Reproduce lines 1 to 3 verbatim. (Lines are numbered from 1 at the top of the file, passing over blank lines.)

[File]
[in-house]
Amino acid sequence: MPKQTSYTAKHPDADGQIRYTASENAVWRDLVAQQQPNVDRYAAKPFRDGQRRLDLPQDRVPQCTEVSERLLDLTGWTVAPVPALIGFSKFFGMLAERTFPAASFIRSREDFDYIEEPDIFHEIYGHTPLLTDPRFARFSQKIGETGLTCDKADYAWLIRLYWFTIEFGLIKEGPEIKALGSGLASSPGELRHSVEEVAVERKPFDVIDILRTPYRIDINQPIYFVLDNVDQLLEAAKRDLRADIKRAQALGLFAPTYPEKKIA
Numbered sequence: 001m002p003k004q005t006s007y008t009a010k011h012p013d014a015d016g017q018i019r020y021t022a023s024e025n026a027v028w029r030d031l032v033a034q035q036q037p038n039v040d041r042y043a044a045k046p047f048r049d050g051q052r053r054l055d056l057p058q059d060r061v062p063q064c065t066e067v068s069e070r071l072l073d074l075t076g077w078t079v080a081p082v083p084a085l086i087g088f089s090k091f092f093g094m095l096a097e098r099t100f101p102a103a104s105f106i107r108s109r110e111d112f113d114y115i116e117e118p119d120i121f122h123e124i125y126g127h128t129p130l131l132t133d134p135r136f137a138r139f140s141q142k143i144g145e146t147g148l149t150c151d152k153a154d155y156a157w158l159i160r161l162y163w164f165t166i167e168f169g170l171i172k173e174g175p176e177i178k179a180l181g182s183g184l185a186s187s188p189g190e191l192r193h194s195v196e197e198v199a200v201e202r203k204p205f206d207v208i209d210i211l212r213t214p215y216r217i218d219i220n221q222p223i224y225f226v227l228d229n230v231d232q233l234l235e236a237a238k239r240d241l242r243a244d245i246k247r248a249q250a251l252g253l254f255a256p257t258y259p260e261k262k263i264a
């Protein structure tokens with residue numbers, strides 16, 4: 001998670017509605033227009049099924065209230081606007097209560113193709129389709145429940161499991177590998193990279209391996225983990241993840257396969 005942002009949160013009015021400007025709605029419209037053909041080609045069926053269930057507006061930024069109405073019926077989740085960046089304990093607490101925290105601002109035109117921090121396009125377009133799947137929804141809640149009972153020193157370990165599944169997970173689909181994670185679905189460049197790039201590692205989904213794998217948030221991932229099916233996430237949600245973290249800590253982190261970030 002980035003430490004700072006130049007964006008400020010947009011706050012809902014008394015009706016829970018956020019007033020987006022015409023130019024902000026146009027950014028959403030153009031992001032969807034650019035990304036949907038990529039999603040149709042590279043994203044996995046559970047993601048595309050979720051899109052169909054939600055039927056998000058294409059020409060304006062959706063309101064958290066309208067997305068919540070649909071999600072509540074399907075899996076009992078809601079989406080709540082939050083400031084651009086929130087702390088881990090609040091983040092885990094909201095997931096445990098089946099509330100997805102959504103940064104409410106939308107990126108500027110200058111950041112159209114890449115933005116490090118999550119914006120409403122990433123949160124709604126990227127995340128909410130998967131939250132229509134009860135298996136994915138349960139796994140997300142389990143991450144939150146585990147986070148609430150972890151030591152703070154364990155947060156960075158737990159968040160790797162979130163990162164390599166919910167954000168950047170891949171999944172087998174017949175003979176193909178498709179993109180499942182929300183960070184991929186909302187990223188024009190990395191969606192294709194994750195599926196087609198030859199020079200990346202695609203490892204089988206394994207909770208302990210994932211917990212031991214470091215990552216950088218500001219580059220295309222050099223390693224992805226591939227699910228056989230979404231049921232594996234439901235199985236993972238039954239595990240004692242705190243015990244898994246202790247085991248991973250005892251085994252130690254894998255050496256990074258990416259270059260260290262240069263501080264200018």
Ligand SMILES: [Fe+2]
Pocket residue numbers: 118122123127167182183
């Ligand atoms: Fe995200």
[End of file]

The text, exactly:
[in-house]
Amino acid sequence: MPKQTSYTAKHPDADGQIRYTASENAVWRDLVAQQQPNVDRYAAKPFRDGQRRLDLPQDRVPQCTEVSERLLDLTGWTVAPVPALIGFSKFFGMLAERTFPAASFIRSREDFDYIEEPDIFHEIYGHTPLLTDPRFARFSQKIGETGLTCDKADYAWLIRLYWFTIEFGLIKEGPEIKALGSGLASSPGELRHSVEEVAVERKPFDVIDILRTPYRIDINQPIYFVLDNVDQLLEAAKRDLRADIKRAQALGLFAPTYPEKKIA
Numbered sequence: 001m002p003k004q005t006s007y008t009a010k011h012p013d014a015d016g017q018i019r020y021t022a023s024e025n026a027v028w029r030d031l032v033a034q035q036q037p038n039v040d041r042y043a044a045k046p047f048r049d050g051q052r053r054l055d056l057p058q059d060r061v062p063q064c065t066e067v068s069e070r071l072l073d074l075t076g077w078t079v080a081p082v083p084a085l086i087g088f089s090k091f092f093g094m095l096a097e098r099t100f101p102a103a104s105f106i107r108s109r110e111d112f113d114y115i116e117e118p119d120i121f122h123e124i125y126g127h128t129p130l131l132t133d134p135r136f137a138r139f140s141q142k143i144g145e146t147g148l149t150c151d152k153a154d155y156a157w158l159i160r161l162y163w164f165t166i167e168f169g170l171i172k173e174g175p176e177i178k179a180l181g182s183g184l185a186s187s188p189g190e191l192r193h194s195v196e197e198v199a200v201e202r203k204p205f206d207v208i209d210i211l212r213t214p215y216r217i218d219i220n221q222p223i224y225f226v227l228d229n230v231d232q233l234l235e236a237a238k239r240d241l242r243a244d245i246k247r248a249q250a251l252g253l254f255a256p257t258y259p260e261k262k263i264a